What do Queen Elizabeth, Captain Kidd, William Tell and Sappho have in common? Give up? They are all named in Emily Dickinson poems! We know that Dickinson populated her verse with flora and fauna, but what people did she choose to include—and why? In this session, we will look at the complete list of historical figures mentioned in Dickinson’s poetry (not including biblical or literary characters, family members and friends) and discuss several poems in which some of them serve as metaphors or analogies.
The Emily Dickinson Museum’s Poetry Discussion Group meets monthly, September through May, for lively conversation about Emily Dickinson’s poetry and letters. Participants should proceed directly to the Library and do not need to stop at the Museum. While no RSVP is required, participants are invited to email firstname.lastname@example.org to receive a list of poems for discussion.
Paul Lewis is internationally regarded as one of the leading musicians of his generation. His cycles of core piano works by Beethoven and Schubert have received unanimous critical and public acclaim worldwide, and consolidated his reputation as one of the world’s foremost interpreters of the Central European classical repertoire. He returns to Buckley to perform on the Hamburg Steinway D that he helped select for the Amherst music department. He will perform works by Haydn, Brahms and Beethoven.
“There are many prized recordings of the Beethoven sonatas from past masters and current artists. But if I had to recommend a single complete set, I would suggest Mr. Lewis’s distinguished recordings.” —Anthony Tommasini, The New York Times
Joseph Haydn: Piano Sonata in E Minor, Hob XVI: 34
Brahms: Three Intermezzi, Op. 117
Beethoven: 33 Variations in C on a Waltz by Diabelli, Op. 120
Single ticket prices:
General Public: $28
Senior Citizens (65+) and Amherst College Employees: $22
Students with valid ID: $12
Join the Reproductive Justice Alliance and the Women’s and Gender Center for an afternoon of craftivism at the Mead. Artists from the Survivor Art Collective in Easthampton will participate in conversation over lunch and then lead art-making workshops in the galleries. Buttons, stickers, zines, and other works of art will be sold throughout the week in the Keefe Campus Center and in the WGC. All proceeds will benefit a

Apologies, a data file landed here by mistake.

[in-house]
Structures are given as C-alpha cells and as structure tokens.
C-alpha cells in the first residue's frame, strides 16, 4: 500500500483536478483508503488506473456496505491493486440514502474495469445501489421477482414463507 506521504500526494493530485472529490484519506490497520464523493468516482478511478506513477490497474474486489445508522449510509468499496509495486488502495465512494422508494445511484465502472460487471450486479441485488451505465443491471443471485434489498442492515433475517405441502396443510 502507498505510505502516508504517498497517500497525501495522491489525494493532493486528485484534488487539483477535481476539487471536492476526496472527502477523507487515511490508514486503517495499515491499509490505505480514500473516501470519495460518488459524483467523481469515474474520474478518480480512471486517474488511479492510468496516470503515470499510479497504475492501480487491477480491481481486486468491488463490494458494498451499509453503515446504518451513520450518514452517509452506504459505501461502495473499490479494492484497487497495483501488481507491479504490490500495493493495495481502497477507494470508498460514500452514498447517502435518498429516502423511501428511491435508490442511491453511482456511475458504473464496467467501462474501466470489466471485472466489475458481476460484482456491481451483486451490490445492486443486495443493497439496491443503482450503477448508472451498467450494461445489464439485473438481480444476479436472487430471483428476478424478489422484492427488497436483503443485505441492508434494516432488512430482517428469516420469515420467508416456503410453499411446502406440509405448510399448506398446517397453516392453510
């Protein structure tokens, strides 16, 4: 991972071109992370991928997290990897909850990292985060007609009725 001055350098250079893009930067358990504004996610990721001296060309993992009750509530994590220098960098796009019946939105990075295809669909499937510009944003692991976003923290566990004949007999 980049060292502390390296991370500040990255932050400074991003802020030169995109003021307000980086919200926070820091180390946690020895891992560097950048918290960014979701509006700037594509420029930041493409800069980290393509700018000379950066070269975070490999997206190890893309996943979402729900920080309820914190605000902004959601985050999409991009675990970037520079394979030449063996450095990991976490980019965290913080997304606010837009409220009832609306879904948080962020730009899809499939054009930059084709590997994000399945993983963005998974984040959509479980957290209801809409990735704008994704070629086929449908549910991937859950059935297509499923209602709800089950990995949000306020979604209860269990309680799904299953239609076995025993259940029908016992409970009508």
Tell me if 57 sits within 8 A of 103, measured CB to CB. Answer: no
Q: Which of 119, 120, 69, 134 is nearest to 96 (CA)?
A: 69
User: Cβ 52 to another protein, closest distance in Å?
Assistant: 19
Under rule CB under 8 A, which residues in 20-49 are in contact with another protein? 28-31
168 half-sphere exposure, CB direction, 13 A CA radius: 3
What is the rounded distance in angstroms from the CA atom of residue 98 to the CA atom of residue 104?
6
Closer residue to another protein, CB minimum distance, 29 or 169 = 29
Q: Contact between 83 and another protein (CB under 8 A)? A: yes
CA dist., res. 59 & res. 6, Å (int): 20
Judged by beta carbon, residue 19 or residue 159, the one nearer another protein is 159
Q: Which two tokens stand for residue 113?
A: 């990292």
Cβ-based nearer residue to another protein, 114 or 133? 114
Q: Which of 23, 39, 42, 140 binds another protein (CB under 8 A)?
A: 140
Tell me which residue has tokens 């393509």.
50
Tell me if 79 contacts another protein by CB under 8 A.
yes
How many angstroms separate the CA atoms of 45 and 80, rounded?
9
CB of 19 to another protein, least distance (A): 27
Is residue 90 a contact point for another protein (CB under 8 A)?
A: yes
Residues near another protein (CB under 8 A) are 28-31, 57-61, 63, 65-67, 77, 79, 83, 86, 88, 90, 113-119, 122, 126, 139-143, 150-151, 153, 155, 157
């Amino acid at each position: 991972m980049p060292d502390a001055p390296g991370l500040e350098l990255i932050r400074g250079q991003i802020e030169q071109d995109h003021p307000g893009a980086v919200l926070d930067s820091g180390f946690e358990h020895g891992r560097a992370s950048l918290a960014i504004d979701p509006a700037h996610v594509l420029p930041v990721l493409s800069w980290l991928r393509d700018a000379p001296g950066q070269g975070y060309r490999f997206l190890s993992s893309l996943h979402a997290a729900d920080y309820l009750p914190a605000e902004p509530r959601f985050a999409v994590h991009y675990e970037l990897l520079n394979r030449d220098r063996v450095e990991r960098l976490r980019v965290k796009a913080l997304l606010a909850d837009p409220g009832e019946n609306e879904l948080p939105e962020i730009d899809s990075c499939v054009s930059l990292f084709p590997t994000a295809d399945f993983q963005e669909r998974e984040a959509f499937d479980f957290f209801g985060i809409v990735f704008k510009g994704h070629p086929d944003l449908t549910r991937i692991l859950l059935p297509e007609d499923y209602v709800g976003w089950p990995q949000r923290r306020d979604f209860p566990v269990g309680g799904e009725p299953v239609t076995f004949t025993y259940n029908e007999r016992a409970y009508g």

reproductive justice work in western Massachusetts.
Noon–1 pm | Light lunch and conversation
1–3 pm | Art-making workshops
Free and open to all!
Reproductive Justice Week is a program series led by the Amherst College Women’s and Gender Center and Reproductive Justice Alliance, focused on reproductive justice, abortion access, contraception, and safe birth access, as well as empowering and supporting students. This program responds to numerous student requests for programs and support on this topic. Check the WGC’s website for the full schedule of events at www.amherst.edu/go/WGC.
For accessibility concerns, please contact email@example.com.
Guitarist Joe Belmont concludes the October run of the Jazz@Schwemm’s series. His trio will perform a variety of tunes in their hour set before giving way to student combos Kepler and Newton.
Guest artist Annie Wang joins the Department of Theater and Dance to teach a masterclass in contemporary dance technique.
Wang is a freelancer based in New York. She dances with Reggie Wilson/Fist and Heel Performance Group, Company Stefanie Batten Bland and Parijat Desai; she has also worked with Carrie Ellmore-Tallitsch, Daria Fain and MADArt Productions. Her choreography has been presented at Five Myles, the Center for Performance Research, the 92Y, BKSD, WestFest Dance, Triskelion, BRIC and the Chocolate Factory Theater. Annie has been artist-in-residence at BRIClab, Atlantic Center for the Arts and the Marble House Project. She was awarded a Brooklyn Arts Council grant to develop her work “Marigram,” which will be presented at the Exponential Festival in 2020.
All are welcome to attend!
The Amherst College Choral Society, directed by Arianne Abela, presents their Homecoming Concert. The concert features works by Daley, Viadana, Rogers and more. The Choral Society is joined by composer and Amherst College alumnus Jerry Noble '83 in the world premiere of his composition "What's It Gonna Take? (Love)."
Admission is FREE and open to the public.
WAMH 89.3 Amherst College Radio is proud to present Philadelphia-based indie-rock band Remember Sports! Come to Coffee Haus at 9 p.m. and stick around for the show at 10 p.m. Hosted at Amherst College’s arts house, Marsh House.
Free and open to all Five College students! Bring your friends and shine up your dancing shoes for a Homecoming Event that will be just as fun as the actual sports!